Hearing on plans to move church

The hall at the rear of Arrowtown's St John's Presbyterian Church, which was built in 1871 as the...
The hall at the rear of Arrowtown's St John's Presbyterian Church, which was built in 1871 as the Millers Flat church. Photo by Jude Gillies.
Plans to move the 139-year-old Millers Flat church from the historic St John's Presbyterian Church site to a site behind Adams Cottage, on Arrowtown's Buckingham St, will be heard in Queenstown on Friday, February 19.

Commissioners Andrew Henderson and Christine Kelly will chair the hearing, at the Crowne Plaza hotel, from 11am.

The commissioners approved plans by the Otago Foundation Trust Board to build a new $1.4 million community hall next to St John's, restore the church building and convert the existing vestry from a hall to a church office, in September 2009.

Mr Henderson and Ms Kelly also gave consent approval, with conditions, for a cafe and art gallery to operate in Romans Cottage and for Adams Cottage to become professional offices, in October last year.

Planning consultant Blair Devlin, of Brown & Pemberton Planning Group, will address district plan concerns on behalf of the applicant, the Arrowtown Trust, at the relocation hearing next week.

The trust wanted to move the timber church and use it for small-scale commercial activities as part of the public heritage precinct being developed.

Trust chairman David Clarke will give a presentation and Queenstown and District Historical Society president Brian Bayley and St John's building committee chairman Bruce Patton will speak in support.

Queenstown architect and historic buildings specialist Jackie Gillies will explain on behalf of the trust the historical significance of the church, which was was built at Millers Flat, below Coronet Peak, in 1871.

It was moved to Speargrass Flat Rd in 1950 and was relocated again in 1959 to the St John's site, to be used as a church hall.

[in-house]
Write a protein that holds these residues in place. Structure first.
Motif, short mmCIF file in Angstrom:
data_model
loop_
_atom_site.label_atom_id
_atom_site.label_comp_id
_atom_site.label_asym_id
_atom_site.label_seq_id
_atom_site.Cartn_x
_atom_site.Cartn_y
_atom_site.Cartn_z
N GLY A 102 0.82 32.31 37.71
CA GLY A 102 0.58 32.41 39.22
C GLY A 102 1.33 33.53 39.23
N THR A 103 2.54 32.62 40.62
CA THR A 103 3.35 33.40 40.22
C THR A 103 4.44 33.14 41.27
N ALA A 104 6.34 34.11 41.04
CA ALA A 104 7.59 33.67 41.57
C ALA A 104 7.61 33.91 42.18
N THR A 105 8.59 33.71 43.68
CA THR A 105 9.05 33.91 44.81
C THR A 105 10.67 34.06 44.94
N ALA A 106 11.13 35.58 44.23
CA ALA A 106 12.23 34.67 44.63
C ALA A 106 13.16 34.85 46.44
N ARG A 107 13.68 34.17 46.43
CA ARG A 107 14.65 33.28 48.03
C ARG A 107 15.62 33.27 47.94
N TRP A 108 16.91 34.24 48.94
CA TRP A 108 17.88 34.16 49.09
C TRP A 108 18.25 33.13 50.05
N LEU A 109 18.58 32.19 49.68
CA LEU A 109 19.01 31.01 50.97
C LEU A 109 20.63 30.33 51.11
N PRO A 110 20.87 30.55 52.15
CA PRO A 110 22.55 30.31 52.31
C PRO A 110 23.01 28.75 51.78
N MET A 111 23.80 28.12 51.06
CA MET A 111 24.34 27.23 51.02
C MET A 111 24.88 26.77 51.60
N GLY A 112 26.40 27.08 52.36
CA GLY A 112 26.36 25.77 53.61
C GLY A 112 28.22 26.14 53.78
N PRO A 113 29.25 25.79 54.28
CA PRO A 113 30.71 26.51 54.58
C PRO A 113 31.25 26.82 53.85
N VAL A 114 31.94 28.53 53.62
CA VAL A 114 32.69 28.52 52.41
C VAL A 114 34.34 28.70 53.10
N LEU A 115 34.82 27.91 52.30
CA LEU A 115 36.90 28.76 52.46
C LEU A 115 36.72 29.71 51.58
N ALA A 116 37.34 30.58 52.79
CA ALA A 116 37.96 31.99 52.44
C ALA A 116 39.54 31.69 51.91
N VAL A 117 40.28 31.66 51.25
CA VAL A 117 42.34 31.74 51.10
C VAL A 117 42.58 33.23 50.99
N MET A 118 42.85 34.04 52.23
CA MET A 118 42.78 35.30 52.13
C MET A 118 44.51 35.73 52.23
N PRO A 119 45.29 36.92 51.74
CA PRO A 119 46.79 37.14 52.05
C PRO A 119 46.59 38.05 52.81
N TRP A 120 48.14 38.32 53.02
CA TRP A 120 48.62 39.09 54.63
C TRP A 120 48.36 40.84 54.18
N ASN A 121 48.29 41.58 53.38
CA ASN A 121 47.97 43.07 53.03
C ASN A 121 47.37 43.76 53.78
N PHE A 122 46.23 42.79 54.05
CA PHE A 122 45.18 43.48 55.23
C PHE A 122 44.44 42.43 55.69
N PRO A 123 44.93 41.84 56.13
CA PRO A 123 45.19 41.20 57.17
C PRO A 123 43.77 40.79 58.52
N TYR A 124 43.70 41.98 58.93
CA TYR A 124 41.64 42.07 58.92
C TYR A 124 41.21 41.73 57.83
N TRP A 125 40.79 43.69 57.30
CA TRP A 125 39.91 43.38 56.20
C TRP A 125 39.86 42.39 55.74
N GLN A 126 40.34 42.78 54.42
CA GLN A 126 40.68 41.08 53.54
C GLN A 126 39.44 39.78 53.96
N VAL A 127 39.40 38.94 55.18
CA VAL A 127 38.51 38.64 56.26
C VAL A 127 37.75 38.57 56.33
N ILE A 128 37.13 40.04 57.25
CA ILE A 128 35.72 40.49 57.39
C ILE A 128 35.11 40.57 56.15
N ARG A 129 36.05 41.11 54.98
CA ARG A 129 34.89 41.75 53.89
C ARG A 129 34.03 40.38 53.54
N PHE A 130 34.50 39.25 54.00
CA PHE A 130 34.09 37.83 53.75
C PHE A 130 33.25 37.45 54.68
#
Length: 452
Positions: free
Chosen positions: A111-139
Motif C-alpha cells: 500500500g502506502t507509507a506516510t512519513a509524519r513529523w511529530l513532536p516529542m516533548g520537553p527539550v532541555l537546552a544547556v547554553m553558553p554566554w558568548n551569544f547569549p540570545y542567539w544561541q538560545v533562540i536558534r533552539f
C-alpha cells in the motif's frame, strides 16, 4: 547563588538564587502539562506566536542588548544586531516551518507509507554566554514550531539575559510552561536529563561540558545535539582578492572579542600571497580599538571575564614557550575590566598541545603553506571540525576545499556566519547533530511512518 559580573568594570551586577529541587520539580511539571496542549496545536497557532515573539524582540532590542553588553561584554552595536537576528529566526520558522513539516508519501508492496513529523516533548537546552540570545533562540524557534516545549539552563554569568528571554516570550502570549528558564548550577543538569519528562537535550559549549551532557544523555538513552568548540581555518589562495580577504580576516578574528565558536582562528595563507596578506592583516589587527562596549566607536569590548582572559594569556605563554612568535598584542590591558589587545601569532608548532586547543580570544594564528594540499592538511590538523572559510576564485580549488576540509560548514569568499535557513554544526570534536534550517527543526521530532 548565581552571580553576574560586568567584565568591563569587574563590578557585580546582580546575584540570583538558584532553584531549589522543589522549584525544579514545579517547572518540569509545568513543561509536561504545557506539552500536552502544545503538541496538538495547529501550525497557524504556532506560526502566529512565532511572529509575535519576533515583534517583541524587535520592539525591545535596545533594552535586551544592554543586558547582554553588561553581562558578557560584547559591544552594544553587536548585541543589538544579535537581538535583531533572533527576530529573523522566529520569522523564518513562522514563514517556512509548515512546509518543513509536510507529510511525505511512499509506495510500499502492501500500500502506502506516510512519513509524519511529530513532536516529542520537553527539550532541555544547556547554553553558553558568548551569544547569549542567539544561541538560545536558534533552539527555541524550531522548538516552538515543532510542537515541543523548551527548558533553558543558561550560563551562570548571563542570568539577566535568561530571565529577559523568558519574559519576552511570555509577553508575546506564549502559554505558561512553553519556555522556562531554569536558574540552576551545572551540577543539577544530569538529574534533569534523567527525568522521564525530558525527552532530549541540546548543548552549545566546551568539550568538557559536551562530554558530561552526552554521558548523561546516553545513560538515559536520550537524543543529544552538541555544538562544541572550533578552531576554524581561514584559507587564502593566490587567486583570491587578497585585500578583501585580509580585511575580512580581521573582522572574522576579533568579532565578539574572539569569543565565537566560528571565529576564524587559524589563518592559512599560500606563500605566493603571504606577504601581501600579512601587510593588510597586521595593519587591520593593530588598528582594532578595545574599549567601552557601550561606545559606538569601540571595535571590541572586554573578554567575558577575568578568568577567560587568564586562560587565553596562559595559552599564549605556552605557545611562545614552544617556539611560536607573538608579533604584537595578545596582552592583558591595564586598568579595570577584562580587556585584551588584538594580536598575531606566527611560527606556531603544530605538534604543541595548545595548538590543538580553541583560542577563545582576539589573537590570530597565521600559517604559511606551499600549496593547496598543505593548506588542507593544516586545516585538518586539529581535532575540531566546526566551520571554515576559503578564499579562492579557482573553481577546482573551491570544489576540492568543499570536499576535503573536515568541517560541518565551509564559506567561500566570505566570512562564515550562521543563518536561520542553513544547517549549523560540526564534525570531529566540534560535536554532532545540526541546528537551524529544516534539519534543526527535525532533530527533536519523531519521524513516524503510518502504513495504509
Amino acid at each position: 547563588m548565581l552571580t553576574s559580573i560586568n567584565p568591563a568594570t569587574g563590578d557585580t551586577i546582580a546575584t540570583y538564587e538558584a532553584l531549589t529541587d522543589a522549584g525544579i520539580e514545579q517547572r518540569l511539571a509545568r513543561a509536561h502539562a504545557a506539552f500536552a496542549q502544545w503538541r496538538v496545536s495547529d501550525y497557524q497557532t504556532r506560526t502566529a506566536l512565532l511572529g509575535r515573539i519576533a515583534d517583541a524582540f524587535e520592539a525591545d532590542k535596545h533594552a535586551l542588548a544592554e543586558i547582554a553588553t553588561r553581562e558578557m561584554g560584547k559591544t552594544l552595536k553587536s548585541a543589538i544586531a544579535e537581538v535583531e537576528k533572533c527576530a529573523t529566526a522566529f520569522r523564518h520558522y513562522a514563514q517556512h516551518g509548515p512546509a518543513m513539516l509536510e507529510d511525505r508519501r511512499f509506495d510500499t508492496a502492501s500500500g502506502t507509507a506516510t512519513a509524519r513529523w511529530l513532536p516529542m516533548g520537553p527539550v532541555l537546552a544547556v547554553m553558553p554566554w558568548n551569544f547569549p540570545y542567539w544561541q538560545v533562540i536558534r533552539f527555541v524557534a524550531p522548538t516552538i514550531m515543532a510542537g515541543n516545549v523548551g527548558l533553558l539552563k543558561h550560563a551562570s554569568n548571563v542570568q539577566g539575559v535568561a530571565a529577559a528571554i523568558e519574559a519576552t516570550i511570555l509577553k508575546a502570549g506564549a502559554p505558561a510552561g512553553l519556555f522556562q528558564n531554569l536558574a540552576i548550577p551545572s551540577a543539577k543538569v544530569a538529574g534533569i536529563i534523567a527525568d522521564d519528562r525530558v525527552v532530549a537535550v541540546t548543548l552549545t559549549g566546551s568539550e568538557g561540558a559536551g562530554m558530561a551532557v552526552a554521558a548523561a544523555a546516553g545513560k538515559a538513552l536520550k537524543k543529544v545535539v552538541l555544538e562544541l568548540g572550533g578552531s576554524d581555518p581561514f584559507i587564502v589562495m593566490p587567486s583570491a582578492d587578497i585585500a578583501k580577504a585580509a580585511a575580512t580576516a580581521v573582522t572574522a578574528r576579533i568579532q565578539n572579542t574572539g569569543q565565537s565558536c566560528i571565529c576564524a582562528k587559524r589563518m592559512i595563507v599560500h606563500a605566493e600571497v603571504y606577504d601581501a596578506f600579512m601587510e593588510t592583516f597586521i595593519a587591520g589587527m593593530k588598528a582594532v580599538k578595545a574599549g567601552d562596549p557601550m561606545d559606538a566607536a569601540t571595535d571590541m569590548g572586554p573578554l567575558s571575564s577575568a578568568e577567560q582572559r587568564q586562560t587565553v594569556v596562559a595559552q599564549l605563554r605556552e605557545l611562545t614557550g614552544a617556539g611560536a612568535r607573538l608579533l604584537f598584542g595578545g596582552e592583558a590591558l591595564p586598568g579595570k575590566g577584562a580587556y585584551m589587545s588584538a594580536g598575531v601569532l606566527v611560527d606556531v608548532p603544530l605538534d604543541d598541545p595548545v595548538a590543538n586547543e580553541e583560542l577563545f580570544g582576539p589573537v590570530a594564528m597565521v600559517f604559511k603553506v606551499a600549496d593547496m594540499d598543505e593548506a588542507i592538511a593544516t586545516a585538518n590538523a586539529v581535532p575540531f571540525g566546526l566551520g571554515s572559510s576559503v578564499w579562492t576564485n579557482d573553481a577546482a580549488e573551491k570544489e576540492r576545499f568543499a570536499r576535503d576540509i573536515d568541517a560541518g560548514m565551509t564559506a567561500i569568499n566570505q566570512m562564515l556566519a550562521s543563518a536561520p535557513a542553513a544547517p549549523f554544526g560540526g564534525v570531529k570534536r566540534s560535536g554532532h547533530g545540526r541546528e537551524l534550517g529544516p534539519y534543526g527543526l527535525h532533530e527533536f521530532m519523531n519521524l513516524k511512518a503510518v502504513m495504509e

Mr Devlin said while the trust was the applicant, the church and the Otago Foundation Trust were the driving forces, because they could not begin construction of the new hall without the removal of the old hall.

The move was also a condition of their consent.

"The proposal keeps [Millers Flat church] accessible to the public, whereas the alternative option is to sell it to someone privately and it could potentially be lost to the community," Mr Devlin said.

The application was publicly notified in late November and eight submissions were received by Lakes Environmental by the deadline of January 13.

Poplar Lodge and landowners Adin May and Jackie Sly lodged two submissions opposing the resource consent application.

Moving the church near Adams Cottage would be "inappropriate" because of its size and the confines of the section and the historic open space behind would be lost, they submitted.

They raised the issue of pedestrian safety on Romans Lane if couriers made several deliveries a day.

The trust had not identified the type of tenant who would lease the church, the frequency of deliveries or the effect of having more pedestrians in the area, the lodge owners said.

Mr May and Ms Sly requested 10 conditions if the application was granted.

They included limiting hours of church activity, defining its intended use and confirmation the trust had funds and was able to complete the project in a reasonable amount of time.

Mr Patton said he would discuss the issues and conditions of the lodge owners with them this week.

Mr Devlin said most of the lodge owners' conditions would be imposed by Lakes Environmental.

Arrowtown resident Karen Swaine said if consent was granted, no further development in the historic precinct should be considered until a management plan was developed and implemented.

Ms Swaine said she would also speak at the hearing.

 

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